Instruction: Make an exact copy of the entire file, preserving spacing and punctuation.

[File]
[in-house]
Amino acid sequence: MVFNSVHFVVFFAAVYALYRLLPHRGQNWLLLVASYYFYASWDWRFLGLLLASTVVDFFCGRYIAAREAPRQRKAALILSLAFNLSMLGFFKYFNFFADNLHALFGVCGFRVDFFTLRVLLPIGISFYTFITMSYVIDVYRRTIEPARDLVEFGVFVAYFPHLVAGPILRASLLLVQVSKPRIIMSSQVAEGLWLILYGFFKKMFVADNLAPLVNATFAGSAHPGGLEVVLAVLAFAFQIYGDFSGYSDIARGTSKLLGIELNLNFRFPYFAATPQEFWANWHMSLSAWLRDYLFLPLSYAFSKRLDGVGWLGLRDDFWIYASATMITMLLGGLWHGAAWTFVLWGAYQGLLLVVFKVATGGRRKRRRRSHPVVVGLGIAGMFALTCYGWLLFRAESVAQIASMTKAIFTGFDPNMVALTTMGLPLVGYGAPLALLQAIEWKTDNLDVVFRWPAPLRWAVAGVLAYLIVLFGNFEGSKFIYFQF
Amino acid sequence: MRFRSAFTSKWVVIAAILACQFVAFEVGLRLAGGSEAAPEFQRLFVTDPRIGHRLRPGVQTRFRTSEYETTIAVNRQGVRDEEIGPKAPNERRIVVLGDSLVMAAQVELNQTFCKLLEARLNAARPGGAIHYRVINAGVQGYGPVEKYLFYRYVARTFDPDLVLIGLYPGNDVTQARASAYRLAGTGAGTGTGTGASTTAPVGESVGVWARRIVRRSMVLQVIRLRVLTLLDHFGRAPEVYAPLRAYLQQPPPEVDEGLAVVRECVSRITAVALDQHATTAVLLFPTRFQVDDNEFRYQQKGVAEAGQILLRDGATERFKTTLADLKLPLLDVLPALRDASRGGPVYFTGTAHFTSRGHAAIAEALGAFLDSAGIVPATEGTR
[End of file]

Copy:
[in-house]
Amino acid sequence: MVFNSVHFVVFFAAVYALYRLLPHRGQNWLLLVASYYFYASWDWRFLGLLLASTVVDFFCGRYIAAREAPRQRKAALILSLAFNLSMLGFFKYFNFFADNLHALFGVCGFRVDFFTLRVLLPIGISFYTFITMSYVIDVYRRTIEPARDLVEFGVFVAYFPHLVAGPILRASLLLVQVSKPRIIMSSQVAEGLWLILYGFFKKMFVADNLAPLVNATFAGSAHPGGLEVVLAVLAFAFQIYGDFSGYSDIARGTSKLLGIELNLNFRFPYFAATPQEFWANWHMSLSAWLRDYLFLPLSYAFSKRLDGVGWLGLRDDFWIYASATMITMLLGGLWHGAAWTFVLWGAYQGLLLVVFKVATGGRRKRRRRSHPVVVGLGIAGMFALTCYGWLLFRAESVAQIASMTKAIFTGFDPNMVALTTMGLPLVGYGAPLALLQAIEWKTDNLDVVFRWPAPLRWAVAGVLAYLIVLFGNFEGSKFIYFQF
Amino acid sequence: MRFRSAFTSKWVVIAAILACQFVAFEVGLRLAGGSEAAPEFQRLFVTDPRIGHRLRPGVQTRFRTSEYETTIAVNRQGVRDEEIGPKAPNERRIVVLGDSLVMAAQVELNQTFCKLLEARLNAARPGGAIHYRVINAGVQGYGPVEKYLFYRYVARTFDPDLVLIGLYPGNDVTQARASAYRLAGTGAGTGTGTGASTTAPVGESVGVWARRIVRRSMVLQVIRLRVLTLLDHFGRAPEVYAPLRAYLQQPPPEVDEGLAVVRECVSRITAVALDQHATTAVLLFPTRFQVDDNEFRYQQKGVAEAGQILLRDGATERFKTTLADLKLPLLDVLPALRDASRGGPVYFTGTAHFTSRGHAAIAEALGAFLDSAGIVPATEGTR